Financial investors are in a cheery mood these days.
Billions have been poured into takeover deals, investment funds are overflowing with capital and earnings in the first half of this year are at their highest rate since 2011, as the business climate in Germany turns increasingly sunny.
“Eight-five percent of international private equity funds with portfolio companies in Germany are also planning to invest in Germany in the next five years,” said Alexander Dibelius, the managing director and head of Germany and Austria operations for Goldman Sachs. “More than half of these funds even want to increase the volume of investment.”
Handelsblatt has obtained an exclusive report by Berlin-based BVK, the association of private equity and venture capital companies operating in Germany, which illustrates just how well major private equity firms such as London-based Permira and San Francisco-based Hellman & Friedman LLC are doing.
According to BVK figures, financial investors in Germany in the six months through June pumped €2.8 billion ($3.68 billion) into the market, surpassing the same period last year by more than a third. It’s the second-strongest result since the group began tracking these statistics in 2008.
Peter Güllmann, co-managing director of BVK, said the results were driven by majority share buyouts and increases in business expansions.
Leading the way were two deals. The first was the sale of Scout24, an Internet retailer that sells real estate and auto classified advertising, for €1.4 billion ($1.8 billion) to Hellman & Friedman by Deutsche Telekom.
The second was the sale of the heat exchanger business by Düsseldorf-based GEA to the private equity fund Triton for €1.3 billion.
While not all the deals have been finalized, the ones announced in the first six months of this year are worth €8.5 billion. The communications sector accounts for the largest share of activity, attracting 43 percent of all investments.
After a halting start to this year, investment managers seeing positive signs for more growth. This is true not only for overall business conditions in Germany, but also for the expectation of strong investment returns.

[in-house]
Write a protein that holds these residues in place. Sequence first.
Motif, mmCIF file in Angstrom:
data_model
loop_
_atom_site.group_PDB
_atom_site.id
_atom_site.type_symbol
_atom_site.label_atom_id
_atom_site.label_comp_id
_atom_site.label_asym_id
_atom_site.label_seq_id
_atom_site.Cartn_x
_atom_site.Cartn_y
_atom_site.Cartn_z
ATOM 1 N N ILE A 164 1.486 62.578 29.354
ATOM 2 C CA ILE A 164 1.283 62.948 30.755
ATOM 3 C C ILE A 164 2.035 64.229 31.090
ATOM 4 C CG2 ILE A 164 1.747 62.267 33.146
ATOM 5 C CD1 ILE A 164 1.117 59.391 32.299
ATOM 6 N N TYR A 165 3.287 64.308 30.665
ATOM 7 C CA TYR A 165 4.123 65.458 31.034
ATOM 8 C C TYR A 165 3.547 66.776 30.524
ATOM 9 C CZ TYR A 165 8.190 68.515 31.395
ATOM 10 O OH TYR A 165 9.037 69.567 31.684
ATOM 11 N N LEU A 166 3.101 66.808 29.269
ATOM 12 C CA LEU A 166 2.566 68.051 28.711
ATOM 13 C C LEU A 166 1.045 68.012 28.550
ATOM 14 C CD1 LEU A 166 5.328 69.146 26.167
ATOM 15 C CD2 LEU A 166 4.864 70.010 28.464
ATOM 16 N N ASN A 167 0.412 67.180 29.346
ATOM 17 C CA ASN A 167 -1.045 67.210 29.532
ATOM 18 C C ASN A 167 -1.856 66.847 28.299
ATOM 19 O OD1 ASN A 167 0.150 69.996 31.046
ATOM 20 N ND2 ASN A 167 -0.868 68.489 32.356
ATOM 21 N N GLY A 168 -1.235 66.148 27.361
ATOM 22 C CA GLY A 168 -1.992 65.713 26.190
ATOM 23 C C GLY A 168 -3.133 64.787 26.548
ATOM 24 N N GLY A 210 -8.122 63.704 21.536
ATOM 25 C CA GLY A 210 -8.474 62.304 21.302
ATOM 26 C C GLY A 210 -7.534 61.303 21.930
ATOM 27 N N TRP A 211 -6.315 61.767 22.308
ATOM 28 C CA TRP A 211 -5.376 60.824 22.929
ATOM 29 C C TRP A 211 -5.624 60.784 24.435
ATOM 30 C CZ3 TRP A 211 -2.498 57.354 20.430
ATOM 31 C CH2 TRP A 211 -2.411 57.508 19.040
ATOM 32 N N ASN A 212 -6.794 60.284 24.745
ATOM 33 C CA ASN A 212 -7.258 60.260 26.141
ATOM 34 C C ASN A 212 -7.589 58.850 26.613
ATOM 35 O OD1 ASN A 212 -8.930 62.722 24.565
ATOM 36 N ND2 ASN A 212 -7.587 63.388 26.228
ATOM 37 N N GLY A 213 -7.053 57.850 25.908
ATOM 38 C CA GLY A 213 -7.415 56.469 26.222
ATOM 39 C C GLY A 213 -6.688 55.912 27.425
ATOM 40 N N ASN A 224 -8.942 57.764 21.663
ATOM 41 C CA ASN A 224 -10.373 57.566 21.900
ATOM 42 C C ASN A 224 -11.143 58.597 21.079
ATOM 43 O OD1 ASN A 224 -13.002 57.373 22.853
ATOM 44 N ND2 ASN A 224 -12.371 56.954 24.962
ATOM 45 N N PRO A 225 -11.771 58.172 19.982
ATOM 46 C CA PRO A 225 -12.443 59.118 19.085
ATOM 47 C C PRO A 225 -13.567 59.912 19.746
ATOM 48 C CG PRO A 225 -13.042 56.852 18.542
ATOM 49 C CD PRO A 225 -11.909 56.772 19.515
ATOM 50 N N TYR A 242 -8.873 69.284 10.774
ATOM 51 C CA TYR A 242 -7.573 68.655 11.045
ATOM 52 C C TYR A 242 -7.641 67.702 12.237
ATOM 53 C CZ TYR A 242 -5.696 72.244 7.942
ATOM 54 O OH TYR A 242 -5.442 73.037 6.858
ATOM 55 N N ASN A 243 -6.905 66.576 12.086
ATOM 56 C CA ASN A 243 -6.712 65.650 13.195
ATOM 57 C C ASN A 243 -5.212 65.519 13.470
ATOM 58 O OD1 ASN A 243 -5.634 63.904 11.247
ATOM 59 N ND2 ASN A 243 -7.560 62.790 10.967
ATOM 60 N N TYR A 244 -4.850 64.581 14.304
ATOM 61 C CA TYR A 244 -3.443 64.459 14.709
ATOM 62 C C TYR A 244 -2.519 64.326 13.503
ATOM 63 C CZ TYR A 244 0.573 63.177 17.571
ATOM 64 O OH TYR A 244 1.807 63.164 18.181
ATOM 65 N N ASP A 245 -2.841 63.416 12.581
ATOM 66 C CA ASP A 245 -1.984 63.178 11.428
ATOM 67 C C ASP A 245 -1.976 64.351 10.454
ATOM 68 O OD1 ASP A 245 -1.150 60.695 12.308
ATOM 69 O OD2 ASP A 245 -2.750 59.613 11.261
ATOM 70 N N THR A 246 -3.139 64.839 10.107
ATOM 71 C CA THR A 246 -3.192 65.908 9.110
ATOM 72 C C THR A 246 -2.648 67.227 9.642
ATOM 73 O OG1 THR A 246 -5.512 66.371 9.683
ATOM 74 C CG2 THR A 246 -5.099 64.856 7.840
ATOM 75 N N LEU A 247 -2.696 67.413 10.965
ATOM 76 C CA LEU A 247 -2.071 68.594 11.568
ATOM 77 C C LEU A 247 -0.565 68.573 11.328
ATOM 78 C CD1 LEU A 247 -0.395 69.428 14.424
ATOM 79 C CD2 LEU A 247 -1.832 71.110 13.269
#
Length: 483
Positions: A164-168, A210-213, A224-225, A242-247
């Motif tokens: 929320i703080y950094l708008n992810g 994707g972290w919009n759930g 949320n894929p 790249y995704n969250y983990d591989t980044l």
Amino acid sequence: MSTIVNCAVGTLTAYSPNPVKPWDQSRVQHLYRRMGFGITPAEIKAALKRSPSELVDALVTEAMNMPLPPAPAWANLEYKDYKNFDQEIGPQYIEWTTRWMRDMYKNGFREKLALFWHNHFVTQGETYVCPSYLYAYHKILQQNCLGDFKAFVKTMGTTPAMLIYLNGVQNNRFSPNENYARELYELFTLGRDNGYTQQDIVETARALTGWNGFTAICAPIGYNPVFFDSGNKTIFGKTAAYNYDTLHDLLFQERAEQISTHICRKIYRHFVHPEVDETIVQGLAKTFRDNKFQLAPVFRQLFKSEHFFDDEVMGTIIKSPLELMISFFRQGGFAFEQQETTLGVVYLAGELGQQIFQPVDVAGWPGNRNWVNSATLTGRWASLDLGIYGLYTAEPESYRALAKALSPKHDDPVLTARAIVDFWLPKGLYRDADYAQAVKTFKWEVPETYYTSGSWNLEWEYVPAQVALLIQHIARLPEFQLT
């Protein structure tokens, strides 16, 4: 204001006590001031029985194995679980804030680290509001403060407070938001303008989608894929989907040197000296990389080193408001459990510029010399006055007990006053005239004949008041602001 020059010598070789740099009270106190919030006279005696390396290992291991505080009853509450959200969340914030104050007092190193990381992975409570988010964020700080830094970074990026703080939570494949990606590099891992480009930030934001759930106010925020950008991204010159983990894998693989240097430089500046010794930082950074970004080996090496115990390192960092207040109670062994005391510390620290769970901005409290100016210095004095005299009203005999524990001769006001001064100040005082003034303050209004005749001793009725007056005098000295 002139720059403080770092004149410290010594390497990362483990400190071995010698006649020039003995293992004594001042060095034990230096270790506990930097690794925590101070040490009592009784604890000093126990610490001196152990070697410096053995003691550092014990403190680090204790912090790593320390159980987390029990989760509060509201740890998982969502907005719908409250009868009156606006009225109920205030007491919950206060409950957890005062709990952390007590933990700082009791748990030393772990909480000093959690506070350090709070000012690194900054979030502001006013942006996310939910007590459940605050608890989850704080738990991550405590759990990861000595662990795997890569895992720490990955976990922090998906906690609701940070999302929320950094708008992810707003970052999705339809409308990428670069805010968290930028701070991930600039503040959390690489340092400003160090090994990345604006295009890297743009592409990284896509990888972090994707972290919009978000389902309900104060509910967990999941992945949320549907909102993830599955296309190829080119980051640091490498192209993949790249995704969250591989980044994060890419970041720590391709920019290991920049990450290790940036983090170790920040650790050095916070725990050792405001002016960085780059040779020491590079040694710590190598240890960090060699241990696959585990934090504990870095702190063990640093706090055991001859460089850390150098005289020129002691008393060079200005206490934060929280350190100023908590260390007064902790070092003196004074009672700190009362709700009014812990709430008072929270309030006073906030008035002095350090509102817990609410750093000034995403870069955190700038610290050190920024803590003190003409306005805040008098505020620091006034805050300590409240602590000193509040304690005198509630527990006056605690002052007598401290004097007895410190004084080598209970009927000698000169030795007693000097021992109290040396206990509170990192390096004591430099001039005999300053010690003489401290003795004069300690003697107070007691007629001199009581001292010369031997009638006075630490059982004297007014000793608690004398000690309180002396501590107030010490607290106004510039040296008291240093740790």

A so-called German private equity barometer, which is calculated by BVK and a Frankfurt-based state-owned development bank, KfW, rose by 9.4 percent on a scale of 56.0, approaching highs not seen since before the financial meltdown.
The largest contributors to this euphoria were big deals involving well-established companies. As the market tightens, according to BVK and KfW, there will be fewer opportunities, which will stabilize the business climate at a level that sets the stage for additional growth.
“The strong investment activities make us optimistic for the second half year,” said BVK managing director Ulrike Hinrichs, who also pointed to stable economic conditions in Germany and continued high demand for venture capital financing.
Yet there are concerns that volatility around the globe including the crisis in Ukraine could rattle the stock market.
“The currently tense geopolitical situation, and the accompanying pressure on stock prices, are not conducive to M&A activities, particularly those of German companies,” said Michael Drill, chief executive officer of German operations for Chicago-based investment bank Lincoln International.
However, Mr. Drill said that if the situation in Ukraine doesn’t worsen, there will still likely be major transactions involving German companies over the coming months.
Experts see the high valuations in the market as increasingly problematic. The Swiss-based Partners Group found assessments are slightly above the highest levels reached from 2006 to 2008.
“Overly liquid credit markets, and the pressure to invest that individual investors feel, results in buyers being more willing to accept higher prices,” BVK’s Mr. Güllmann said.
Alexander Kron, managing director and head of transaction advisory services at Ernst & Young in Germany, warns that financial investors often give far greater priority to the strategic aspects of an acquisition and less to the sales price. They must keep a closer eye on the valuations, especially given their relatively short holding period since, as a rule, financial investors hold them for only about seven years.
In any case, investment managers have access to plenty of money. Emanuel Strehle, a partner at the firm of Hengeler Mueller, said German funds have more than one billion dollars of uninvested capital at their disposal. He believes this signals a new round of large volume deals in the next couple of months, assuming financial conditions remain at these favorable levels.
Martin Kühner, managing director of Altium Capital in Frankfurt, agrees. “This will continue to determine the market for the next six to 12 months,” he said.
This article was translated by David Andersen. Jeff Borden also contributed to this story. The authors can be reached at: köhler@handelsblatt. com and email@example.com